Active steady-state creep on a nontectonic normal fault in southeast Utah: Implications for strain release in a rapidly deforming salt system

Geophysical Research Letters
By: , and 

Links

Abstract

Characterizing short-term temporal variations of fault creep provides insight into the evolution, mechanics, and strength of fault systems. Using spirit leveling and an extensome- ter, we measured surface displacement of a fault southwest of the Needles District, Canyon- lands National Park, Utah, where extension is driven by differential unloading of a subsur- face salt layer due to incision of the Colorado River. Results show continuous creep at max- imum rates of 0.7±0.2 mm/yr without large temporal variations typical of episodic creep events. Occasional, minor transient events in fault slip velocity coincided with water infil- tration; however, we found no significant relationship between precipitation and transient events. Detailed mapping of regionally widespread, fault-parallel sinkholes provide evidence for dilation of faults at shallow depth, a process that lowers fault strength. We propose con- tinuous slip is related to low fault strength and differential unloading, as opposed to other salt systems where dissolution has been linked to episodic slip.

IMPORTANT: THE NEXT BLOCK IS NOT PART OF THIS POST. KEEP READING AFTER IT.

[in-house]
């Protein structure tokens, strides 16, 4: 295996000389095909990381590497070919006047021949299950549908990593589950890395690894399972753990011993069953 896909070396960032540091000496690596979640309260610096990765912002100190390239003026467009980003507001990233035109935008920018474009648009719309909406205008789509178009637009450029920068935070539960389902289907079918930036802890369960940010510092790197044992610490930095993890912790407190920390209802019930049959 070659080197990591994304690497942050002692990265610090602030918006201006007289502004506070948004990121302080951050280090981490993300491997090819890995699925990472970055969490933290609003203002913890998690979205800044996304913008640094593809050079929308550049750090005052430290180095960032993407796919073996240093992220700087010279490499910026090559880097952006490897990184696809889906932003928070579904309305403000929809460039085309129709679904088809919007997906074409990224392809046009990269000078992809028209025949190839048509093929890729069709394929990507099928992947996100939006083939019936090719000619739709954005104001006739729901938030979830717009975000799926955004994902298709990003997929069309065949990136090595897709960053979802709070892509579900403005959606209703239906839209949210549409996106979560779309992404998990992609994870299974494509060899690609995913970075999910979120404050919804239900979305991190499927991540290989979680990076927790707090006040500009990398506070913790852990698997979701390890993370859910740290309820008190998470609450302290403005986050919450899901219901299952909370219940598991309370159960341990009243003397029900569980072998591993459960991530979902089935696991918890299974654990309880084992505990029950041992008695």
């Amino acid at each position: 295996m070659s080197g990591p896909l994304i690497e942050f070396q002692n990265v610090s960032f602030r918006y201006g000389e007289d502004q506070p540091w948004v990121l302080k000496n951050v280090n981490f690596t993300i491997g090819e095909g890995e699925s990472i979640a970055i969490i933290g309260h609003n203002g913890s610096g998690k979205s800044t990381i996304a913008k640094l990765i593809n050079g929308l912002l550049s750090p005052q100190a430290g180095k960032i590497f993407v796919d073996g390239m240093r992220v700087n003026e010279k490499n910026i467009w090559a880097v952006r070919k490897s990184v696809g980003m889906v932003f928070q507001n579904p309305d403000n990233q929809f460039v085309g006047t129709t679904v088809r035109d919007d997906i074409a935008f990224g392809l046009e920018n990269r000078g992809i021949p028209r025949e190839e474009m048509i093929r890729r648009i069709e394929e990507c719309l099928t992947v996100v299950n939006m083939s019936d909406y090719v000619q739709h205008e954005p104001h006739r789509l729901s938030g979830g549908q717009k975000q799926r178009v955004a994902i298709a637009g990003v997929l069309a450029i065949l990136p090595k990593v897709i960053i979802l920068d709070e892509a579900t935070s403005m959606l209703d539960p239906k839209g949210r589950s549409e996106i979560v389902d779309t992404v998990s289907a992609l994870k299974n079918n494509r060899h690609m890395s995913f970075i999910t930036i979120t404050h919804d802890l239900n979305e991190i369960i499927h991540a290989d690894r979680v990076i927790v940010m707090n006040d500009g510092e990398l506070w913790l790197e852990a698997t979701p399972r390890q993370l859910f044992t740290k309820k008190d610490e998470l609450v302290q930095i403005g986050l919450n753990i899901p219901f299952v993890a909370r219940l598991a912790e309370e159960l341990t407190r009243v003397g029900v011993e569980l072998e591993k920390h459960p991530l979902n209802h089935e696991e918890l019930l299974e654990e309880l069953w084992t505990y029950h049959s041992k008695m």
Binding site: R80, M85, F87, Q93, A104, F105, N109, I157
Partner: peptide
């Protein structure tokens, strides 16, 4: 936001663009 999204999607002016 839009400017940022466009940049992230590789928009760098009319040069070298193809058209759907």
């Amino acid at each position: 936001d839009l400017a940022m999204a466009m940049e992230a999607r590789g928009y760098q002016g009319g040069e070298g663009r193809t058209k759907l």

Study Area

Additional publication details

Publication type Article
Publication Subtype Journal Article
Title Active steady-state creep on a nontectonic normal fault in southeast Utah: Implications for strain release in a rapidly deforming salt system
Series title Geophysical Research Letters
DOI 10.1029/2020GL087081
Volume 47
Issue 11
Year Published 2020
Language English
Publisher American Geophysical Union
Contributing office(s) Pacific Coastal and Marine Science Center
Description e2020GL087081, 10 p.
Country United States
Other Geospatial Southeastern Utah
Google Analytic Metrics Metrics page
Additional metadata about this publication, not found in other parts of the page is in this table